My best friend studied my face closely for a minute and then threw up his hands. “He’s ditching us, fellas! He’s ditching us for that fox!” I was about to round on him when I saw his ridiculous grin. “I’m joshing you, Freddy,” he laughed. “Have fun.”
“Welcome back.” She looked even prettier than when I’d left five minutes ago.
I took her hand. “Thanks. Miss me?”
She raised her eyebrows. “Well, you’re assuming a lot, Freddy. You’re assuming I’m keen on you.”
“You are keen on me. You kissed me, remember?”
Dawn smirked. “How can you be so confident?”
“Easy,” I replied. “I’m holding your hand.”
She pulled it away, and I took it back. She laughed again, and it was the sweetest sound I’d ever heard. Her eyes sparkled a little in the late afternoon sun, and she left her fingers linked with mine. “Well, Freddy, what do you want to do?”
I shrugged. “Talk?”
“Okay,” she agreed. We strolled through the crowd of concert-goers still milling around the park and Dawn Daveson told me all about herself. She was a flower child, for sure, but that much I’d guessed from her headband and her bare feet. Her folks were real bummers, from what I could tell, but her brother Todd sounded all right.
“They’re square. They don’t get it. Music is the only thing that makes sense any more. They just sit around listening to those flaky politicians and droning on and on about useless things. I mean, if they just took a minute and actually listened to some rock and roll, they’d understand.” She twisted her hair around her index finger and looked up at the clouds. “I guess it’s up to our generation to change things. It’s all different with us. Our eyes are open, you know? We see what they don’t see. They think we’re all just stoned—we are. We’re stoned on life.” She stopped walking and shook her head. “God, I hope I never get old.”
I looked around. We were on the outskirts of the park, and night was crawling up on us. The horizon was bleeding sunset colors and across the baseball field, we could hear the raucous laughing of some kids getting really screwed up. “Are you into that stuff?” I asked.
“What, drugs?” Dawn shrugged. “Not really.” She looked up into the sky again. “I don’t need to be stoned to see how beautiful life is.”
“Neither do I,” I agreed, watching her. Tiny strands of her hair did a ballet on the breeze. She caught me looking at her and stuck her tongue out, grinning. Out of nowhere, red and blue lights spiraled across her skin, and I heard sirens. “S***, it’s the fuzz!” I cried.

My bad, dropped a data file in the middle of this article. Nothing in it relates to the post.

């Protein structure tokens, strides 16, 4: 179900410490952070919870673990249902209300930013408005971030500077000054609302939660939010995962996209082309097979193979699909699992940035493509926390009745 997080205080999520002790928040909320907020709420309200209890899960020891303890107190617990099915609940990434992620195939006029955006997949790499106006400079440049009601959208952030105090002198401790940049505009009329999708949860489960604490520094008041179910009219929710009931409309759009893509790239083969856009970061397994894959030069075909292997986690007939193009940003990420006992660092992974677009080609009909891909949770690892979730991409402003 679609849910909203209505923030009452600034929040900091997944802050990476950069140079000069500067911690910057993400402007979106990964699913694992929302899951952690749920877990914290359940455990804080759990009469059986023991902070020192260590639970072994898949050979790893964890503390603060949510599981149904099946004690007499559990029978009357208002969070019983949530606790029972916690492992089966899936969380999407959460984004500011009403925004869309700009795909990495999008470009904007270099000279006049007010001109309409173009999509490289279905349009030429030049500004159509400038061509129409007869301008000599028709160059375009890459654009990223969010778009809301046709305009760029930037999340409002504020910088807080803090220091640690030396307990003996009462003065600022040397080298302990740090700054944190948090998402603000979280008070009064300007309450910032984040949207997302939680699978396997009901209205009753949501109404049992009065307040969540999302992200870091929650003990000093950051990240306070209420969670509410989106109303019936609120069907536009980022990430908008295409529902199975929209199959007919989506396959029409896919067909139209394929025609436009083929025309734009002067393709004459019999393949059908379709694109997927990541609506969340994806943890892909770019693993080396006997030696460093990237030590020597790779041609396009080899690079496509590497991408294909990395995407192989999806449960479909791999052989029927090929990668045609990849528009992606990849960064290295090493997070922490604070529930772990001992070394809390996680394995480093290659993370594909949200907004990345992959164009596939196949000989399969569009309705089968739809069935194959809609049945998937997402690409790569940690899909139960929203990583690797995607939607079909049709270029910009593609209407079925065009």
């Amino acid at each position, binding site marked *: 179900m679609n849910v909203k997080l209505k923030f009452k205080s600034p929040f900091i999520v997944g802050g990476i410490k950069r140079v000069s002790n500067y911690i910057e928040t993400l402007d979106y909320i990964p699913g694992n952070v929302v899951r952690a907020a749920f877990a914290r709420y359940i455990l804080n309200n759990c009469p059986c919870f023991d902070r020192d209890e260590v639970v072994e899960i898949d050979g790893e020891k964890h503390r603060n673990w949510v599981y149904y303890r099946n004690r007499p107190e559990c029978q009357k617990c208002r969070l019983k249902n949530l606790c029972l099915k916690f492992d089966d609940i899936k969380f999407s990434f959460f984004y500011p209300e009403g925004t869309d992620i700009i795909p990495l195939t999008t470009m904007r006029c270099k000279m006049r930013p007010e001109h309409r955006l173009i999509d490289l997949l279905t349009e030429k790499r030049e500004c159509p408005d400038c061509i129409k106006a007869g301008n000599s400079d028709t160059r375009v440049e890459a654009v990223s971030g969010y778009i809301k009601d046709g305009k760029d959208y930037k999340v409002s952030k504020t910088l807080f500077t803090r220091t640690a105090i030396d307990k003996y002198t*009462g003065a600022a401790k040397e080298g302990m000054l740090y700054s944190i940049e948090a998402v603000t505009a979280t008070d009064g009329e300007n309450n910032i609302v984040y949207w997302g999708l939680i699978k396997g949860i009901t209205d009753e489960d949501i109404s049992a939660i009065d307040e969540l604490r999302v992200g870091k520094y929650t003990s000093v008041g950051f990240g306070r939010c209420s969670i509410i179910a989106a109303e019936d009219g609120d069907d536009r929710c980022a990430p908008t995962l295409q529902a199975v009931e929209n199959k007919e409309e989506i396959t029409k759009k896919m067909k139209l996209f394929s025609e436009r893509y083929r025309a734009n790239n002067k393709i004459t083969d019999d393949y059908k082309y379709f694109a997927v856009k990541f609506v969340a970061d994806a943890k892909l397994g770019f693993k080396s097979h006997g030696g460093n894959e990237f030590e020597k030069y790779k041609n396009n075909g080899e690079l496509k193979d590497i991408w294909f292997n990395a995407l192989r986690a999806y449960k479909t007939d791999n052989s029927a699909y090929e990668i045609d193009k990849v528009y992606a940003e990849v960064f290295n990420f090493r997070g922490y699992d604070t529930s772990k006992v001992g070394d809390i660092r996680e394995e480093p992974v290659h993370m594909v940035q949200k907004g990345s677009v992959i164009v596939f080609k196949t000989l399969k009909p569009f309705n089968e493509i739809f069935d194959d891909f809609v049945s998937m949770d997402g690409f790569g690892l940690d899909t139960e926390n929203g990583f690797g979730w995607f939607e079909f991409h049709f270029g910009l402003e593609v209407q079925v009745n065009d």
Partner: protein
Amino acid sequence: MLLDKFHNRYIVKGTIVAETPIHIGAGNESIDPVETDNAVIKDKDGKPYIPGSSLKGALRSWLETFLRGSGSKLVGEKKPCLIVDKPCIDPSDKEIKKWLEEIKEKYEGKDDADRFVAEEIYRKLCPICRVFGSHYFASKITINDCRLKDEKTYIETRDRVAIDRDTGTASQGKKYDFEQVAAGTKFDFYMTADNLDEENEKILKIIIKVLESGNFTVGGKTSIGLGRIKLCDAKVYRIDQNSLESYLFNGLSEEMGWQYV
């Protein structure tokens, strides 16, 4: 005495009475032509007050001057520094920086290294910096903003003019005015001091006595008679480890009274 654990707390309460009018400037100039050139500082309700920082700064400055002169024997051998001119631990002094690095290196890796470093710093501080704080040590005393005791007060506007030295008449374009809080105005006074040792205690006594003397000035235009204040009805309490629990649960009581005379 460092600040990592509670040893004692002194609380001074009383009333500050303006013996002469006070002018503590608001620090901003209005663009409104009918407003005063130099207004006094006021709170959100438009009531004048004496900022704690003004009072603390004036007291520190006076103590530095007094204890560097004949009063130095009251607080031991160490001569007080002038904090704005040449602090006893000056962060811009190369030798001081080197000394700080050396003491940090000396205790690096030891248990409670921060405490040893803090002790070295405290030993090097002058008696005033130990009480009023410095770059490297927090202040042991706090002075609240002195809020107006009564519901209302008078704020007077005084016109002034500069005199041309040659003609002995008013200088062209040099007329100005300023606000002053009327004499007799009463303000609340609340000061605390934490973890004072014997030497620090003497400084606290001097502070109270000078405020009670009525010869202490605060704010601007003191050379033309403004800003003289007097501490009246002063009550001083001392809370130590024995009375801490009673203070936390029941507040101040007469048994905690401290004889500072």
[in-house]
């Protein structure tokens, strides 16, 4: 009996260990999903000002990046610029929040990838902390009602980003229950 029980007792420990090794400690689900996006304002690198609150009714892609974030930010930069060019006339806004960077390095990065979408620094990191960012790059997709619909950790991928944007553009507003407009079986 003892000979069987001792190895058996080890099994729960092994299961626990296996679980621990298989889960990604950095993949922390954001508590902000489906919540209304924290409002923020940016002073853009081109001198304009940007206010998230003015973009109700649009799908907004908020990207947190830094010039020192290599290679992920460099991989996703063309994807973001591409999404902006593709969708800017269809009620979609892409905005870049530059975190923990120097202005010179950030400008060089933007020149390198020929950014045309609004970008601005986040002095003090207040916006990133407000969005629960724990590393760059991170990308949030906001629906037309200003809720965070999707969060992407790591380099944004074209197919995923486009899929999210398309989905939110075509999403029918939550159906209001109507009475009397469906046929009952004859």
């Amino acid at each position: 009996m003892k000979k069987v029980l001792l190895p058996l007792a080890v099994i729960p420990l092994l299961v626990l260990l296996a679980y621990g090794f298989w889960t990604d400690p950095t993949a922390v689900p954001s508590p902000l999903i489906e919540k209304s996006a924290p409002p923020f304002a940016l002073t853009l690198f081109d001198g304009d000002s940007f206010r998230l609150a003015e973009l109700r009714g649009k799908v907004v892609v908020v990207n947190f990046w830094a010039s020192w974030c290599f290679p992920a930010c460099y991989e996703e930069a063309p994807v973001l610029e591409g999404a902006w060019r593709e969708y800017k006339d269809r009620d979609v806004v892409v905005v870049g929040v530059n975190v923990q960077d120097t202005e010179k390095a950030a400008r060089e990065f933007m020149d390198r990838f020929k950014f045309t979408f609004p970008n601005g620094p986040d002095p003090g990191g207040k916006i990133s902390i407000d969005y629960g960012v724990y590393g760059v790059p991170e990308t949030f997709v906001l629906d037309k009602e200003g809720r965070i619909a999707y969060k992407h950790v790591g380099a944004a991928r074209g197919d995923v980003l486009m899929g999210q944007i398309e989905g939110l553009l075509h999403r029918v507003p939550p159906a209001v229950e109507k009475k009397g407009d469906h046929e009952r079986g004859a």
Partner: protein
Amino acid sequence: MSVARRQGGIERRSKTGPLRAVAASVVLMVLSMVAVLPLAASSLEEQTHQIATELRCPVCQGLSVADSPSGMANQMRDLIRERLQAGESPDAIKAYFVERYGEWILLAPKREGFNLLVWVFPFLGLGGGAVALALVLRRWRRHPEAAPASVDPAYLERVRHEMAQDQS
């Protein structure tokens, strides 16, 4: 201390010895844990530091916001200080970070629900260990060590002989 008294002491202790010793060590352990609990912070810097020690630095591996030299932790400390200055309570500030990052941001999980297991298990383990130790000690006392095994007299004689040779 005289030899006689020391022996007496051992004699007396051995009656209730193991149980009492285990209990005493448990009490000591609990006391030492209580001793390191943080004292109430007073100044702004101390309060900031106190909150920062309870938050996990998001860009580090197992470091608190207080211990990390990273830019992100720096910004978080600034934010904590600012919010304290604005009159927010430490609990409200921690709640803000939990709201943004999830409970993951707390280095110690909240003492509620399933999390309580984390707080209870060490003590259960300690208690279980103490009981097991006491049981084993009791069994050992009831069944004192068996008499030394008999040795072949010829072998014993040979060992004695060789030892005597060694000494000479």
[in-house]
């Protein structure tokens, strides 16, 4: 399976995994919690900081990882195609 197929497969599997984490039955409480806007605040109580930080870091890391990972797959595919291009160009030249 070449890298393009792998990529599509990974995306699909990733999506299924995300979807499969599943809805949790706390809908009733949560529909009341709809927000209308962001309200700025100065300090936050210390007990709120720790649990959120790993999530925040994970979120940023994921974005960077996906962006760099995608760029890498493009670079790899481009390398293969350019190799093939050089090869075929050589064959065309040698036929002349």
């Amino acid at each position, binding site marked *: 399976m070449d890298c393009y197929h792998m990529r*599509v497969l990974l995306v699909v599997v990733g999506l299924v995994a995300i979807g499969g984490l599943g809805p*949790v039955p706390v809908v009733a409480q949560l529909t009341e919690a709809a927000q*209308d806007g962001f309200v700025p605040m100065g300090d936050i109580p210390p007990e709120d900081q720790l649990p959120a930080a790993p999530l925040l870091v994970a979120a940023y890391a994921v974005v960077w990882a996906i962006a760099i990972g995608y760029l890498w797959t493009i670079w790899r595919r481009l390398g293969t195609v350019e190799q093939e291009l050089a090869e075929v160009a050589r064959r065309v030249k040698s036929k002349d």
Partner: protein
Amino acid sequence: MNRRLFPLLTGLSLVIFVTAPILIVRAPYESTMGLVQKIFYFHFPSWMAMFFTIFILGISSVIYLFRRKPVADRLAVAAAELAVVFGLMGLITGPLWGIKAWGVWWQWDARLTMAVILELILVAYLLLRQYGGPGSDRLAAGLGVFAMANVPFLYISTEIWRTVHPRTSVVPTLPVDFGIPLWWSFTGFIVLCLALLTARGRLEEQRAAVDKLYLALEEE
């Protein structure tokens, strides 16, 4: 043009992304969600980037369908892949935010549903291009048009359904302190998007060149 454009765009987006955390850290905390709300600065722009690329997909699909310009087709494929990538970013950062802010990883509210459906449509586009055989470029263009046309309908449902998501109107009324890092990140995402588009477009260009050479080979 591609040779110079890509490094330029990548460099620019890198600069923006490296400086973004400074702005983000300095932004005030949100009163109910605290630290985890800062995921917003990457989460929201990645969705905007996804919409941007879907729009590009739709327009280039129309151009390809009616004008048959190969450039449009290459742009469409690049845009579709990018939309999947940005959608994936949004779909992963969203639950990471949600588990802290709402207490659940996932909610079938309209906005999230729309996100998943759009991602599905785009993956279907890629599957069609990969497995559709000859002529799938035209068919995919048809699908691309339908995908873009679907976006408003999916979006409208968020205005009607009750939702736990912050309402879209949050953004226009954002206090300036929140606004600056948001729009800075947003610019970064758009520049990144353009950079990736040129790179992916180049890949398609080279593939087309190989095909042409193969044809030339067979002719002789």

Dawn grabbed my hand and pulled me behind her. “Come on, we’ve gotta cut out!” she shrieked. “Hurry up, Freddy!”
We hauled ass into the forest and away from the flashlight beams darting quickly in our direction. Dawn tossed a glance over her shoulder and squeaked. “Help, they’re catching up!”
I slid my arms around her waist and tossed her over my shoulder in a fireman’s carry. “Quick, into the shadows!” I bellowed, sprinting into a thick tangle of trees. We hadn’t gotten far before my foot caught on a root and we tumbled to the ground behind a thick oak. We lay still, breathing heavily, until the lights began to dim and we could no longer hear the police shouting. “Those pigs are roasted,” I whispered into Dawn’s ear, and she started giggling like crazy. “Shh!” I cried. “They’ll hear us.”
“No, they won’t,” she laughed, and got to her feet. She walked out from behind the tree, stood in the clearing, and spread her arms wide. “Come get me!” she shouted. “I’m a dirty, music-loving teenager! Come find me!” She waited and I held my breath, but seconds passed and the bushes were still.
“You’re crazy,” I grinned.
She put her hands on my chest. “Well, that’s okay,” she said, “as long as I’m not sane.”
I took her hands and kissed her fingers, and she watched me intently. I had a mind to kiss her for real when she looked straight up through the space in the tree canopy at the darkening sky. “If I had a girl, that’s what I’d name her.”
She smiled softly. “No, you dipstick.” She pointed at the deep blue skyscape. “Indigo.”